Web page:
The next day — September 24:

Set out early. A fair day . . . We prepared some clothes and a few medals for the chiefs of the Tetons’ bands of Sioux, which we expect to see today at the next river. Observed a great deal of stone on the sides of the hills on the S.S. We saw one hare today. Prepared all things for action in case of necessity. Our pirogues went to the island for the meeting. Soon after, the man on shore ran up the bank and reported that the Indians had stolen the horse.

We soon after met 5 Indians, and anchored out some distance, and spoke to them. Informed them we were friends, and wished to continue so, but were not afraid of any Indians. Some of their young men had taken the horse sent by their Great Father for their chief, and we would not speak to them until the horse was returned to us again.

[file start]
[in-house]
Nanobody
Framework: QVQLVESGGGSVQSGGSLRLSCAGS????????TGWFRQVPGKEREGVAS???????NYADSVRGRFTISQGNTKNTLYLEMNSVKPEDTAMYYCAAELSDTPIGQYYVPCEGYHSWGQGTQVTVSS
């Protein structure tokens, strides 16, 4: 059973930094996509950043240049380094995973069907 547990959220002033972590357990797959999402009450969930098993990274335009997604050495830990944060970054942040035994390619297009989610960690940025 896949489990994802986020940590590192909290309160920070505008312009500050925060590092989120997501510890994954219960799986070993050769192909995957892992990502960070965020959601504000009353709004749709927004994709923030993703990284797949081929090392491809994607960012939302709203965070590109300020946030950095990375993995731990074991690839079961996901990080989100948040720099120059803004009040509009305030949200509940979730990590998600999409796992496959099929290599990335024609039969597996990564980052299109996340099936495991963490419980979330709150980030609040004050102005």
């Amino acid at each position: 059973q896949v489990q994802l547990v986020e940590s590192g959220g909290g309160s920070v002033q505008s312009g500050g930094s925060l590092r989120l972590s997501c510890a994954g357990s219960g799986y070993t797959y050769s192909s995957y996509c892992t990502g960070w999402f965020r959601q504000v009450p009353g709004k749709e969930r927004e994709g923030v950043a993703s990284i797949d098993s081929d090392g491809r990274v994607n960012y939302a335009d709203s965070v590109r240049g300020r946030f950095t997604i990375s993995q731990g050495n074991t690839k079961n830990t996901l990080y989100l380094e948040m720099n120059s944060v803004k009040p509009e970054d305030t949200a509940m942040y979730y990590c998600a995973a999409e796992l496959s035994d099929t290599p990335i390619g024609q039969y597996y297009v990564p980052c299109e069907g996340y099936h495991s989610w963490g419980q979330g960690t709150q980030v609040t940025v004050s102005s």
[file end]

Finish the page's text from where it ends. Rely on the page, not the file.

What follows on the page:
Passed an island on the S.S., on which we saw several elk, about 1 1/2 miles long, called Good Humored Island. Came to about 1 1/2 miles above, off the mouth of a small river about 70 yards wide, called by Mr. Evans the Little Missouri River. The tribes of the Sioux called the Tetons are camped about two miles up on the N.W. side; and we shall call the river after that nation, Teton (The Bad River at Fort Pierre). This river is 70 yards wide at the mouth of water, and has a considerable current. We anchored off the mouth.

The French pirogue came up early in the day; the other did not get up until the evening. Soon after we had come to, I went and smoked with the chiefs who came to see us here. All well. We prepare to speak with the Indians tomorrow, at which time, we are informed, the Indians will be here.

September 25: